By Julia Sallabank
"Language attitudes and ideologies are of key significance in assessing the possibilities of good fortune of revitalisation efforts for endangered languages. despite the fact that, few book-length experiences relate attitudes to language regulations, or handle the altering attitudes of non-speakers and the motivations of participants of language routine. via a mix of ethnographic study and quantitative surveys, this publication offers an in-depth research of revitalisation efforts for indigenous languages in 3 small islands around the British Isles. the writer identifies and confronts key matters ordinarily confronted via practitioners and researchers operating in small language groups with little institutional aid. This e-book explores the complicated courting of ideologies, identification and language-related ideals and practices, and examines the results of those components for language revitalisation measures. crucial analyzing for researchers attracted to language endangerment and revitalisation, sociolinguistics, linguistic anthropology and language coverage and making plans, in addition to language planners and campaigners"-- Read more...
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Additional info for Attitudes to endangered languages : identities and policies
Although it might have seemed more straightforward to describe each case study in turn, one of the underpinnings of this book is a comparative approach; factors will therefore be examined thematically, comparing and contrasting impacts and responses in each island. They are not part of the United Kingdom (UK) but are self-governing dependencies of the British Crown. g. education), although the UK government is responsible, following consultation, for international relations and defence. 1 Map showing the locations of the Channel Islands and Isle of Man At the same time, the islands and their populations have significant links to the UK: in each island at least half of the population is of British origin, and for historical reasons the British monarch serves as Head of State,1 although each island has an elected Chief Minister and cabinet as well as Crown-appointed officials; the monarch is represented by a Lieutenant-Governor.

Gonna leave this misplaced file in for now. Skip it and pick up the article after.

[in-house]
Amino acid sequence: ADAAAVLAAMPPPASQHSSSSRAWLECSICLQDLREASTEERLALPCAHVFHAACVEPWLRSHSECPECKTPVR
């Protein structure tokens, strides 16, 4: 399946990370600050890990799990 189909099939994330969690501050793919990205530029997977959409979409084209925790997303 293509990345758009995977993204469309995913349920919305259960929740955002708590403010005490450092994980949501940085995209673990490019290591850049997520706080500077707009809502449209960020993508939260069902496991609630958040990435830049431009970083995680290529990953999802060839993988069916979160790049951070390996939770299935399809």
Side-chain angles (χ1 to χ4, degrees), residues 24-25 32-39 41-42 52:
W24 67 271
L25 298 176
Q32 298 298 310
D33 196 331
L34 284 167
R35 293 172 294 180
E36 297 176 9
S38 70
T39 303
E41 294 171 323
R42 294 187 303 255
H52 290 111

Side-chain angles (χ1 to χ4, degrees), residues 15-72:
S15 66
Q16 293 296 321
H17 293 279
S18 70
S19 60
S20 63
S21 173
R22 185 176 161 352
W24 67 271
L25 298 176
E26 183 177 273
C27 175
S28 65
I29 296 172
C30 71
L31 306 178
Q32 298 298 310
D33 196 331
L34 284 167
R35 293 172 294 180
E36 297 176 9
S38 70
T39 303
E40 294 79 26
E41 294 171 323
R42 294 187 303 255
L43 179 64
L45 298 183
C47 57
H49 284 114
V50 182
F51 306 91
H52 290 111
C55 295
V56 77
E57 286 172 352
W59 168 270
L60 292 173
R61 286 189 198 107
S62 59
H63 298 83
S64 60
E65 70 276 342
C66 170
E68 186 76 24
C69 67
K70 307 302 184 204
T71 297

It could nevertheless be pointed out that (1) it would be equally valid to follow a Welsh-style curriculum with bilingual or local-language-medium teaching; and (2) many non-British students attend UK universities, which have well-established systems for comparing qualifications. Emigration for education can lead to longer-term emigration, so replacement expertise may be imported from the UK, especially in key sectors of the economy such as finance, and in public services such as the civil service, education and healthcare, which in turn leads to further Anglicisation of policies.
2009; Grenoble and Furbee 2010; Lüpke and Storch 2013). Some critical analysts, such as Duchêne and Heller (2007), point to how speakers of undeniably vital world languages such as French or English (especially the ‘Official English’ movement in America) utilise ‘discourses of endangerment’ to complain that their languages are ‘under threat’. They then use this observation as a basis to challenge the whole notion of language endangerment. Such criticism can be unhelpful to members of linguistic minorities, who already have to deal with disparagement from those who would rather see them disappear.
Attitudes to endangered languages : identities and policies by Julia Sallabank